Kate Dove & Victoria Morton
Light and Dark
Alexander Kennedy walks from the darkness into the light and back again, as he searches for clarity in the work of Kate Dove and Victoria Morton
Kate Dove is a sculptor turned animator, who paints. Victoria Morton avoids representation but insists she does not paint abstract canvases. Luckily, this slightly confusing cross pollinated bouquet of disciplines cannot be felt in their work shown at the Tramway, where ‘straight’ paintings and animation fill the large gallery space.
‘This is a joint exhibition with some collaborative aspects,’ says Morton. ‘We share a visual sensibility at points and an interest in musicality. Although the media are different (film/painting) some of the processes involved in making a work are similar.’ Morton creates canvases that are covered in a dazzling array of hues and textures, with areas of intense Seurat-esque patches of contrasting colours, and Kandinsky-like aureoles. Dove uses a more refined pastel palette, creating sparse watercolours and oil on linen compositions that she then cuts up and animates.
The space is split down the middle by a black gauze screen, creating a larger light-filed space and an area of darkness where spot-lit paintings and large projected animated films pull and push the viewer around the hall, through a low doorway. There is a dark, box-like room with a short film by Dove in the first section of the gallery and a ‘Light Room’ in the dark side of the gallery containing small paintings by both women. Confused?
Taken separately, both women show pieces that bear few conceptual or formal developments from previous work. Newness is over-rated, but it would have been interesting to see a novel way of tackling such an enormous show without just making work, well, bigger.
In some of Morton’s larger canvases the scale overwhelms her abilities - the two large diptychs that stand away from the wall on sculptural supporting legs do not totally convince. There are areas of genius alongside the confusion of these gallery machines: the geometric skyline at the top of ‘Compartments for Isis’ and the darker, flatter area - containing what could be read as a prone Matisse-like figure - at the bottom left, for example. When they are brought together and ‘balanced’ with weaker bottom and top sections, our confidence in the work wanes. That said, Morton’s smaller canvases such as the richly toned work ‘The Happy Sex’, and the elegantly dishevelled ‘Physog’ and ‘Untitled’ (in the Light Room) are highlights.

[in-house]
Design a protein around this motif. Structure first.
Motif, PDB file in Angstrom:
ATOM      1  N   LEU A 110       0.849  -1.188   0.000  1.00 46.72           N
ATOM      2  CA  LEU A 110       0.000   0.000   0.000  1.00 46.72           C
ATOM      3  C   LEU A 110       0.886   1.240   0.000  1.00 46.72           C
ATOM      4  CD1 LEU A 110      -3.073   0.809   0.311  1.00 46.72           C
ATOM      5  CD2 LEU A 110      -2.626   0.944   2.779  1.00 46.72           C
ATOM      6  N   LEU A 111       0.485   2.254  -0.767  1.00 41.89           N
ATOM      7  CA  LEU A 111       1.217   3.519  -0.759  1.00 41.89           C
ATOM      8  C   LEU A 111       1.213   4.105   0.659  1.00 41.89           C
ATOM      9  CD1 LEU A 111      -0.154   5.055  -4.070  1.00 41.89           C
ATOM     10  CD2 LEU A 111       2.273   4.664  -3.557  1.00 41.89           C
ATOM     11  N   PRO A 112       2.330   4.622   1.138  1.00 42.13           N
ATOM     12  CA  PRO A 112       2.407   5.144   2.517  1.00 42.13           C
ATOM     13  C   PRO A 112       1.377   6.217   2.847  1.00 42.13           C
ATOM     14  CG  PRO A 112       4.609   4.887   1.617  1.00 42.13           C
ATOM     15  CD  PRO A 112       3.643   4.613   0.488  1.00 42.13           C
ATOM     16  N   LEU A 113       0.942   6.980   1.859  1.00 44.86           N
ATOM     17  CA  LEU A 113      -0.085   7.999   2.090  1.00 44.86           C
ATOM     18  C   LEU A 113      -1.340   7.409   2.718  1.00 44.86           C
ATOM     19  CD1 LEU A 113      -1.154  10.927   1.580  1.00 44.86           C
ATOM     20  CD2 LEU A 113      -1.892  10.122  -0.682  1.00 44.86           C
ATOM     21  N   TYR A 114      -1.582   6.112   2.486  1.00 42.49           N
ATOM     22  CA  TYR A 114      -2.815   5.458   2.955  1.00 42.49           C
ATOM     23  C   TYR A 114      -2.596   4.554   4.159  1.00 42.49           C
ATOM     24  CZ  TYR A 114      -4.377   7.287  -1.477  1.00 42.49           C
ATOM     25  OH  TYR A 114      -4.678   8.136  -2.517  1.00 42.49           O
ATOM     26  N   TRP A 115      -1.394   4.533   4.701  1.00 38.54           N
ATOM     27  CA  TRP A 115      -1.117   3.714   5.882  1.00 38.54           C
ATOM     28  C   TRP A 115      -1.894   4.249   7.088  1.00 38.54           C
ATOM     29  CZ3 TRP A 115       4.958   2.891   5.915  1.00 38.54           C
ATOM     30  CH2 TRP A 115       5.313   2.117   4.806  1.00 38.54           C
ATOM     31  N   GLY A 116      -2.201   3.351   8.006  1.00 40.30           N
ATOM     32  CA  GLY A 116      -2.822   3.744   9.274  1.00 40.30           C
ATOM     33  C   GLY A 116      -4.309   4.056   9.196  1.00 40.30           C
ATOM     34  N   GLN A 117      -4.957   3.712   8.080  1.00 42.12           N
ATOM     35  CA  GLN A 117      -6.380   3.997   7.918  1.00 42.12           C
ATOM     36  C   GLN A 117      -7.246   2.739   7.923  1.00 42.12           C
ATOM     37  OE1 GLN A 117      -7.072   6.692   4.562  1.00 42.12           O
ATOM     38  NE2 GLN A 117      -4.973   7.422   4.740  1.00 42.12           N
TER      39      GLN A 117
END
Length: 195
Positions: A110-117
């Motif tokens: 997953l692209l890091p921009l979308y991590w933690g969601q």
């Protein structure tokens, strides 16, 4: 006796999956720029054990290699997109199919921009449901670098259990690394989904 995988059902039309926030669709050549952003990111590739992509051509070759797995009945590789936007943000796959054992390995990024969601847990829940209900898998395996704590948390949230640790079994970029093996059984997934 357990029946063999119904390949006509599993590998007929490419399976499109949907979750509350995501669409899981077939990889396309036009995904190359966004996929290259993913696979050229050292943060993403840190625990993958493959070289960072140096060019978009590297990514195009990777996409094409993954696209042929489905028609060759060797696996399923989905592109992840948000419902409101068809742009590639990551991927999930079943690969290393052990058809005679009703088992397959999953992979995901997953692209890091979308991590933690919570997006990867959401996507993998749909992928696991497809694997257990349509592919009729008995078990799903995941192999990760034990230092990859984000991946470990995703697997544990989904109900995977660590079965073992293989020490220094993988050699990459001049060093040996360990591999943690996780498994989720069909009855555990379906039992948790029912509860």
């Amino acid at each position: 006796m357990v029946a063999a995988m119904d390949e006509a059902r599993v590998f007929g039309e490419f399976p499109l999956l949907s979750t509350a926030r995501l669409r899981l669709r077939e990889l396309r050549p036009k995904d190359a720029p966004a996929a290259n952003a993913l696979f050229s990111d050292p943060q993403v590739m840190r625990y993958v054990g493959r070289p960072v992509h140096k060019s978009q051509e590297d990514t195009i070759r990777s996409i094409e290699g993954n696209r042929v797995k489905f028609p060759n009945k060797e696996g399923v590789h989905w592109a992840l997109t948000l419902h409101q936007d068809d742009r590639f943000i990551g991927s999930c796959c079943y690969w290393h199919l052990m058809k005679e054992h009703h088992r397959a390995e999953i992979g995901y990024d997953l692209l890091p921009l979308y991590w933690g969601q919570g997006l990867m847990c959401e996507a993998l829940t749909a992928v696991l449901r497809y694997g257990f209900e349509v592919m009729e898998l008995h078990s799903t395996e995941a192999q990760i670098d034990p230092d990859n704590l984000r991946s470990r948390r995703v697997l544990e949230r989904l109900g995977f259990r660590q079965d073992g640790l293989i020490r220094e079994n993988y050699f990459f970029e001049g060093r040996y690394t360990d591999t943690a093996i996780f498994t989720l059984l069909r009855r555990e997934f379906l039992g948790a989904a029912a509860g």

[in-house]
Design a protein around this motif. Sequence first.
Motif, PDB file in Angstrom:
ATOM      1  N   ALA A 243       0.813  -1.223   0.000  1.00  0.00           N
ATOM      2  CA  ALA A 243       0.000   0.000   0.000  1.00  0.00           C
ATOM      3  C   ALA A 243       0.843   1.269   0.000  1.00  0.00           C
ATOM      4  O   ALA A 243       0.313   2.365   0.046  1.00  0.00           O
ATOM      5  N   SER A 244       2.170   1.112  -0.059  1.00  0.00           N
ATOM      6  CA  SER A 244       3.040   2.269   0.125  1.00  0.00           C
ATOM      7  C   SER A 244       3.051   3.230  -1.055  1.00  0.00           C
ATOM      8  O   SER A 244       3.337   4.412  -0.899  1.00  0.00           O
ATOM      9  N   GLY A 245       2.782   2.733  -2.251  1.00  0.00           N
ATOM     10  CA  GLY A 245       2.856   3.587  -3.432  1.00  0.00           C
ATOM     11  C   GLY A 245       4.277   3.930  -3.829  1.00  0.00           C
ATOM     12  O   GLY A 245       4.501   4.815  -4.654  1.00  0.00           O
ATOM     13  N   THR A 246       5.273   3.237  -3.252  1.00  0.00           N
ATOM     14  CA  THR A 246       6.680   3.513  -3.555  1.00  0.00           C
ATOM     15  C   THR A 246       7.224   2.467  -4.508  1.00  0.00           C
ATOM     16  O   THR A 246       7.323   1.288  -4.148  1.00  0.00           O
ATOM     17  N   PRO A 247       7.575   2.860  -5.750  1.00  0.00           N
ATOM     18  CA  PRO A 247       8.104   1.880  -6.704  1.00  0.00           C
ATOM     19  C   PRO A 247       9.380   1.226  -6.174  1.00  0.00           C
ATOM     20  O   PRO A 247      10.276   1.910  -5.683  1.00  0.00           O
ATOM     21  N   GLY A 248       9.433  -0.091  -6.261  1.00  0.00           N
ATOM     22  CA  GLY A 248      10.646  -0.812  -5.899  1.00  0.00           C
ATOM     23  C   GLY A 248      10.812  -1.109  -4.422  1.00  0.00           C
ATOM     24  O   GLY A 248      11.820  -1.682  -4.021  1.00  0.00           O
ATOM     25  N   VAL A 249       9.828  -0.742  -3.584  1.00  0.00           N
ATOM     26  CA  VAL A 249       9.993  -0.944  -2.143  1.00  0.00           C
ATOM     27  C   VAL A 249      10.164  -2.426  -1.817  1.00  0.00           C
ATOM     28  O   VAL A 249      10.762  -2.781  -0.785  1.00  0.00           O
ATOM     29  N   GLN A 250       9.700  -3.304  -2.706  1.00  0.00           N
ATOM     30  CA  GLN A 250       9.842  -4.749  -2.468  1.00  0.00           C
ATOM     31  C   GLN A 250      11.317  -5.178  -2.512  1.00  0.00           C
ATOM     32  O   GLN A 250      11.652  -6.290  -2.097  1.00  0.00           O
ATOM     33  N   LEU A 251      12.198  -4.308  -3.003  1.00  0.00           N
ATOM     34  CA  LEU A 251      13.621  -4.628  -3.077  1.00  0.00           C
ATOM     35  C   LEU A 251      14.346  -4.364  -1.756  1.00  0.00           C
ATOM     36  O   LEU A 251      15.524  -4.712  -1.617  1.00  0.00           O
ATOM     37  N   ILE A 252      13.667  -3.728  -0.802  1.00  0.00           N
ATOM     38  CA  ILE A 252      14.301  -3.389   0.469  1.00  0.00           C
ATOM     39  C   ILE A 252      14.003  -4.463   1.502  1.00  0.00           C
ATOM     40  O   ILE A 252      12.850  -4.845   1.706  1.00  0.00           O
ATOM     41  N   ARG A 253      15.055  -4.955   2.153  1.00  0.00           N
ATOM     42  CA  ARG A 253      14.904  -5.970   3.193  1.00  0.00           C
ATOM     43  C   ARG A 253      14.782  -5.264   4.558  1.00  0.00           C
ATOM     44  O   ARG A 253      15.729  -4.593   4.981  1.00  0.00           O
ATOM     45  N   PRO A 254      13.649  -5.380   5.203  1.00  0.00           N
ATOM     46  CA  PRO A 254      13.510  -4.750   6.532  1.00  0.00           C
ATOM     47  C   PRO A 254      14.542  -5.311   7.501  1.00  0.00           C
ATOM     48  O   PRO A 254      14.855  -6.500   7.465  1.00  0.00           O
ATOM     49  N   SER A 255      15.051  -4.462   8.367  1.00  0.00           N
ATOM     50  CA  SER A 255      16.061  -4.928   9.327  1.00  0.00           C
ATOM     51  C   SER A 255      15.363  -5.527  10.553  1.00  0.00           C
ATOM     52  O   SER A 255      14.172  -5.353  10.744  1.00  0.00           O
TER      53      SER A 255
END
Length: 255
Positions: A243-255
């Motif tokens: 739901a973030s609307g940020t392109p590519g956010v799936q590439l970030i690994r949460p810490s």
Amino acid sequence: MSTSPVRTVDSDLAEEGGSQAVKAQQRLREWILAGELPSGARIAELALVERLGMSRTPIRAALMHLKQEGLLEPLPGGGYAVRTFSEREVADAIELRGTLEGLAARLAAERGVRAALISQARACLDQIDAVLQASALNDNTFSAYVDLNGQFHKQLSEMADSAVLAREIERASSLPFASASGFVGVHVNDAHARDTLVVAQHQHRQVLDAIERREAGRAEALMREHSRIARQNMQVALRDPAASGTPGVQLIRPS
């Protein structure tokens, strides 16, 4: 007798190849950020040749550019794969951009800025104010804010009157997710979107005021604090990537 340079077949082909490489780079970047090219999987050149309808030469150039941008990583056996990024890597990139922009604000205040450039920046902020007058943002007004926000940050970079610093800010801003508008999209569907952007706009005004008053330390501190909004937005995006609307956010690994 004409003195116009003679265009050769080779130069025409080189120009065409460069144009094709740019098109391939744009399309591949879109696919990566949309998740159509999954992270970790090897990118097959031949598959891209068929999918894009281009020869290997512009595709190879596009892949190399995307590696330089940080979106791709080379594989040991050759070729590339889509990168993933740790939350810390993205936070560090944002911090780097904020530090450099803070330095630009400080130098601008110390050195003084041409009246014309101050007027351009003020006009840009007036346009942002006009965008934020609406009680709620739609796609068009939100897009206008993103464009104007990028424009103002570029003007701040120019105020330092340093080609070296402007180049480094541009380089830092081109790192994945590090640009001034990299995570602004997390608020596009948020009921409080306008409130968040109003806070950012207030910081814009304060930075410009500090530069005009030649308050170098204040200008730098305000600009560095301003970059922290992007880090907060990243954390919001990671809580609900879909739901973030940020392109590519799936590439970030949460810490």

Dove’s watcolours look grimy. Their usual translucency is knocked back by Morton’s unrestrained palette. As usual, Dove’s animations are seductive and witty, mini abstract narratives generated out of details from her automatic watercolour drawings. Some of the decimated source material for these films can be found around the walls (all untitled), detracting from the power of her animation. The two oil on linen paintings behind Morton’s ‘Compartments . . .’ is one of her best, yet it is hidden out of view.
This was always going to be a difficult show to pull together - formal similarities and an ‘intuitive’ approach may not be enough. Ewan Imrie, who designed the space, deserves a pat on the back and a hand shake. The viewer could have easily found themself spinning and bouncing off the walls.
Sun by Ear, Tramway, Glasgow, until Sun 1 Apr